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#KAG One Day At A Time

August 3, 2018

The American spirit is alive and well. Unlike what is reported in the mainstream media and the shallows thereof, Americans are the most generous, giving and helpful people on this earth. That includes most all of us: Conservatives, liberals and in-betweeners.

I remember well a morning in Manhattan, New York in 1971. I was a newly arrived budding playwright from the West Coast who didn’t know squat about New York City. The city seemed too enormous. I was a bit lost, so I stopped a local resident and asked him for directions to Jack Dempsey’s, where I had to be for a meeting. I expected what I’d been taught by the media; a cold shoulder and maybe even total rudeness. Wow was I surprised.  He not only told me how to get there but took me by the hand and delivered me to their door. This was a complete stranger who felt it was important enough to give me a hand.

Decades later I was living in Northern Italy. After exiting from an underground garage, I noticed that one of my headlights had burnt out. I’m fussy about lights, brakes and tires so I immediately attempted to change the bulb as I always carry spares. I was on a busy street with my hood open, struggling to change the bulb. It took me over an hour because of the tight quarters I was dealing with. During that time no fewer than 50 cars went by with not one offer of help. In fact, several young fellows drove out of a car dealership across the street from where I was parked. With a smirk on their faces, they seemed to say, “Better you than me buddy!” I thought my white hair had earned me some slack. Not in Italy!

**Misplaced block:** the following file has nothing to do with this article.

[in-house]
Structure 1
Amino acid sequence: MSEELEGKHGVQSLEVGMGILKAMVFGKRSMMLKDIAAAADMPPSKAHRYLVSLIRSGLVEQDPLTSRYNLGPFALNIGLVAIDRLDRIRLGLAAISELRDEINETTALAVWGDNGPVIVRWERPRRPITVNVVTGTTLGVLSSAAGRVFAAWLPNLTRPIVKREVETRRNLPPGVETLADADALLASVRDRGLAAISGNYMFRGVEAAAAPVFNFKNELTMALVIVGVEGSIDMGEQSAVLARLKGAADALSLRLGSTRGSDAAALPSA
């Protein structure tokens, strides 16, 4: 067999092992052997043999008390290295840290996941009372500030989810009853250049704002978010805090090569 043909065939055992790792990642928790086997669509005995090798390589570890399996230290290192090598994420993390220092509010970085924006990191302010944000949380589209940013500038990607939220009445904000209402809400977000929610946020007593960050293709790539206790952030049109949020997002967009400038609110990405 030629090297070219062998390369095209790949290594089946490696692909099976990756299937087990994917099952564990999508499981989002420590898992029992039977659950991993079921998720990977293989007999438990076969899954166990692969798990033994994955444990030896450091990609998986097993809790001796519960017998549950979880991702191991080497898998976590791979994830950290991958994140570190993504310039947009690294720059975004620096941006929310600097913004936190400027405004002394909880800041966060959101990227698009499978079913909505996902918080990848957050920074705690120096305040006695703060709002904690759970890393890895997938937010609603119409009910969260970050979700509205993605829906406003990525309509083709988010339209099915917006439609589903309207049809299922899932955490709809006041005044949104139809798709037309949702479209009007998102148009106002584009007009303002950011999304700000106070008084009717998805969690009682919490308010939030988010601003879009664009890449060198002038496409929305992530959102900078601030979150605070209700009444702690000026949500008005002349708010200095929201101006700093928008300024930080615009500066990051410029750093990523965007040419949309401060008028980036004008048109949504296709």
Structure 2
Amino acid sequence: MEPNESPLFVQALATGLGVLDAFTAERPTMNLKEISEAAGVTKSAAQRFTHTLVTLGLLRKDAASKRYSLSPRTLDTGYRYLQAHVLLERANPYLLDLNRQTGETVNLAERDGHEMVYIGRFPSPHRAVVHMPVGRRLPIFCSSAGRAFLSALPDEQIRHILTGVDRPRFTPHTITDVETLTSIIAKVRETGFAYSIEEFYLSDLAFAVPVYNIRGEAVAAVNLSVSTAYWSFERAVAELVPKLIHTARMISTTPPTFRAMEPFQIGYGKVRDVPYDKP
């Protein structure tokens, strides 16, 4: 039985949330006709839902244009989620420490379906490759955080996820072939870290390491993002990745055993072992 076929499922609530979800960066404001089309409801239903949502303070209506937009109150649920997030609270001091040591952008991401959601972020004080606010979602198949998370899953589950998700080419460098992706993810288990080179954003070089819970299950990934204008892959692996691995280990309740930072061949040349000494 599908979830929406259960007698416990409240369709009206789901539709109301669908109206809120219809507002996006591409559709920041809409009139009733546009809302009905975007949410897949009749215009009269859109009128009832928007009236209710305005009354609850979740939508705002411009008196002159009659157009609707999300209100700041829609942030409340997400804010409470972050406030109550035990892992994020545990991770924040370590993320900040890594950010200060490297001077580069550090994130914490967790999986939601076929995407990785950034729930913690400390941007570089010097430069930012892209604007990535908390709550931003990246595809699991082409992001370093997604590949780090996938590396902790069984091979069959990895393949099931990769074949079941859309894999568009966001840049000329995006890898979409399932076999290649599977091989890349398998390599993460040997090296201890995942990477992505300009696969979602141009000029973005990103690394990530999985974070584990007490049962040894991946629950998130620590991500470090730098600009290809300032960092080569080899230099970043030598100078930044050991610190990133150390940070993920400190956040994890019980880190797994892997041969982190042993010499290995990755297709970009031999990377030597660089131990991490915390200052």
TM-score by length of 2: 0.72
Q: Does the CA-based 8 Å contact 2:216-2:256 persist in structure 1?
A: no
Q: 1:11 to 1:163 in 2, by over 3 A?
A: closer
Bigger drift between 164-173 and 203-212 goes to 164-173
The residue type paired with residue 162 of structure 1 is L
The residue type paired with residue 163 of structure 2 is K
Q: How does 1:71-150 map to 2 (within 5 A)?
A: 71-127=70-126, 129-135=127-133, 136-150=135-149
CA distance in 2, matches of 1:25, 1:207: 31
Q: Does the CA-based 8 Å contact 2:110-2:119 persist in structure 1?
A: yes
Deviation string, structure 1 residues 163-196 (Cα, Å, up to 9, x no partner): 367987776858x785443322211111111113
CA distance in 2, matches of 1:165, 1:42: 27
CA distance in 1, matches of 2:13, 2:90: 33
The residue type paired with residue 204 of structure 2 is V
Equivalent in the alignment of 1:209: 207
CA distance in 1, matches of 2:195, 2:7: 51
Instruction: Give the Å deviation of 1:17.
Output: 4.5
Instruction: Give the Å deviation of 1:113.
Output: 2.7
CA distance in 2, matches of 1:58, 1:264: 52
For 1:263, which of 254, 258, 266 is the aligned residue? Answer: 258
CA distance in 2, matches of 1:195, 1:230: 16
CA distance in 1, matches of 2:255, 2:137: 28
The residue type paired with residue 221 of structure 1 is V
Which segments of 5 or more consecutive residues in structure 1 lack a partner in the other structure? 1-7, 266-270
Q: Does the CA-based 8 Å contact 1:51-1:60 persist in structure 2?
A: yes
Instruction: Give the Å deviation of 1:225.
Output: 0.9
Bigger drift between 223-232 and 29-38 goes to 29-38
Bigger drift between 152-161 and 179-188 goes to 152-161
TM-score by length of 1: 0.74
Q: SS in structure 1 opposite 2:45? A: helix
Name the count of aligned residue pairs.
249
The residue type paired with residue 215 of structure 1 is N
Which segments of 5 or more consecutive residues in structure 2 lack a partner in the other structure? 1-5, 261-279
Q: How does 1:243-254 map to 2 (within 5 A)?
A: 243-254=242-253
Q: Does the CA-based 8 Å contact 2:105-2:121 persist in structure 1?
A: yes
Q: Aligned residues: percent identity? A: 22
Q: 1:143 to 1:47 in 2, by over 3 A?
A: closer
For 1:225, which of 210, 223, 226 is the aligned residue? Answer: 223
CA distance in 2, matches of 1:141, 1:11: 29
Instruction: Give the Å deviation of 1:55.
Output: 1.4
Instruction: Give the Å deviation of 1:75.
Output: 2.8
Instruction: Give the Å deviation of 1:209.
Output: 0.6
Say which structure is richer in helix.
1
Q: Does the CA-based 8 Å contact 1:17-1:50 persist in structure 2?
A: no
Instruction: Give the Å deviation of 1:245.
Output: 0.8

That in a nutshell is the difference between the United States and the rest of the world. I have seen like situations played out over and over on several continents; the result is always the same. Americans are simply more caring, more open and more helpful than anyone on the planet. It has nothing to do with race, ethnicity, age or anything other than a national mentality. People in America just tend to pitch in when help is needed. It is the one uniquely solid trait of Americans that is always overlooked by the media.

Three years ago near my new home in Western North Carolina, I spotted an elderly man ahead of me who had run the right wheel of his car into a huge pothole while driving in a pouring rain. The tire blew out. Although I had to be somewhere urgently, I stopped to change his tire for him. The rain had picked up and soon I was changing the tire in the pot hole with a foot of water. Two other cars stopped and together we got the man back on the road safely and headed to a gas station. Six other cars and trucks slowed as they went by and asked all of us if we needed additional assistance. That’s #KAG one day at a time! You just don’t find this kind of behavior anywhere else.

If you have had similar experiences, please let me know here on this forum. #MAGA #KAG